Learn to Play Intro “Brown Sugar” by Rolling Stones

For this article a guide on how to play “Brown Sugar” by the Rolling Stones. Like many other Rolling Stones songs, this one uses chordshapes which are typical for the Stones and Keith Richards: It is the well-known sus4 chord resolving to a standard triad  A-Shape chord. It is the particular fingering (voicing) of the chords which creates that well-known sound. A similar sound can be found in “Start Me Up”. There are a host of other bands which use this particular sound.
The video explains very well how to play the intro. Check out the tab for the fingering for each chord underneath the video.
No need to alter the tuning of your guitar into Open G, or take any of the strings of the guitar for that matter. You can play the song in standard tuning and still get similar results.

Watch the video to get an idea of how to get that sound:

Here are the fingerings for each chord:

            Gsus4       G            C       Csus4      Eb     Ebsus4   Ab          Bb

   E   —————————————————————————————————–

   B  —–13——–12———5——–6———8——9——–1———3————————–

   G  —–12——–12———5——–5———8——8——–1———3————————–

   D  —–14——–12———5——–7———8—–10——–1———3————————–

   A  ——————————————————————————————————-

   E  ——————————————————————————————————–

N.B : Observe High E and Low E and A are not being used.

Very beginning intro uses: Gsus4 and G then moves to C and Csus4

For second part and end intro chords move into: Eb Ebsus4 Eb and C Csus4 C

For very end intro goes into Ab Bb C Csus4 and intro ends on C (A-shape type of chord)

Watch the video to get an idea of how the chords move, don’t worry about the chordnames if you are still fresh to the guitar. I only put those chordnames there for those of you who would like to know what is going on harmonywise, as it will help you to understand this particular sound better.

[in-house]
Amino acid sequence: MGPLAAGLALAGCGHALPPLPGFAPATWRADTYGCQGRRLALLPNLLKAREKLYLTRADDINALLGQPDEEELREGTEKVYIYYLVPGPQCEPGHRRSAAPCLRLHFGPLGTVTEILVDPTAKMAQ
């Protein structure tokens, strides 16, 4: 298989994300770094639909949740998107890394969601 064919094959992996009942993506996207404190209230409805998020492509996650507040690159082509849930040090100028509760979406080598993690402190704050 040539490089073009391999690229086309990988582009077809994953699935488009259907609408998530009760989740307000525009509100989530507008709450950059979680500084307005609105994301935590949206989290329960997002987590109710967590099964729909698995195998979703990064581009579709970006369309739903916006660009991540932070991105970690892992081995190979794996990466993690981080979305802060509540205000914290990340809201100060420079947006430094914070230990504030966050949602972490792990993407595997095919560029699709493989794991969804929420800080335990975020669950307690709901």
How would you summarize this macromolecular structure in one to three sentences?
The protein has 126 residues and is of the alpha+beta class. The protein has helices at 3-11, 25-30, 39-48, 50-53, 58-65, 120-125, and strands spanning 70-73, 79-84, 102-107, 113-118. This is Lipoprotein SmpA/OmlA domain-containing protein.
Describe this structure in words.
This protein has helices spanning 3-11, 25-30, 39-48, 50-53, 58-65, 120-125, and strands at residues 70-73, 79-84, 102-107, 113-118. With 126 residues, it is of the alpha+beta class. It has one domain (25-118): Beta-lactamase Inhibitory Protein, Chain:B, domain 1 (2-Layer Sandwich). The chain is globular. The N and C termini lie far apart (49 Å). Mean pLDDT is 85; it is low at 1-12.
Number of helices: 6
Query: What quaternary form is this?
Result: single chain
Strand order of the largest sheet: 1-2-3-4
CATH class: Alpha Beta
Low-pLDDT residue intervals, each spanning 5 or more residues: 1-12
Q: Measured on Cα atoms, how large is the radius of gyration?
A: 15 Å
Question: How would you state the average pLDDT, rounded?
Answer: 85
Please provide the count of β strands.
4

For fun: I actually create medlies out of various intros of different songs, play them in the same key and move them around from one into to the next one, in this way you get more out of the intro and it becomes real playing instead of just playing a intro from another song. You can even alter the feel of the intro and add other parts to it, in this way you turn it into an intro of your own. Experiment with your own style to see what you can come up with!

Hope to see you soon with more ideas to inspire you own guitarplaying.


Slide Guitar for Beginners

For this article a short brief with some useful tips for those of you would like to explore slideguitar.

           What kind of Slide?:

Thinking of Slideguitar, the first thought which comes to mind is:”What kind of slide do you use?”
There are the metal ones, brass and the glass-type of slides. I mention “type of” as most slides bought from a shop will be made out of hard plastic, maybe this is for safety reasons. You could make you own slide from a bottle, you will need to cut the neck of a winebottle, for instance, and then you would need to polish it so it will be smooth and you will prevent any nasty cuts. You could also make your own slide out of a metal pipe. Similar as with the glass slide, you will need to polish the slide to get it to feel smooth on your fingers.

Okay, now we know what are the most commonly used slides you may wonder how do they differ: Metal ones are heavy, the brass ones are harder and the glass ones are the least heaviest. Each material will give you a different sound. Metal ones do sound direct and colder, the glass ones have a bit more twang. Experiment with different materials to find the ones you like best.

          Which Finger to Wear Slide on?

Find a slide which fits the finger you want to use, the slide should fit snuggly around your finger, not too wobby, but also not too tight. Obvious eh?
Different players wear slide on different finger: Some of them use middle finger for slide playing, while others prefer to wear a slide on their pink. Personally I prefer pink, because it leave the other three fingers free for playing. I play phrases and use to slide on particular notes, but again, different players have different approaches, later more on this.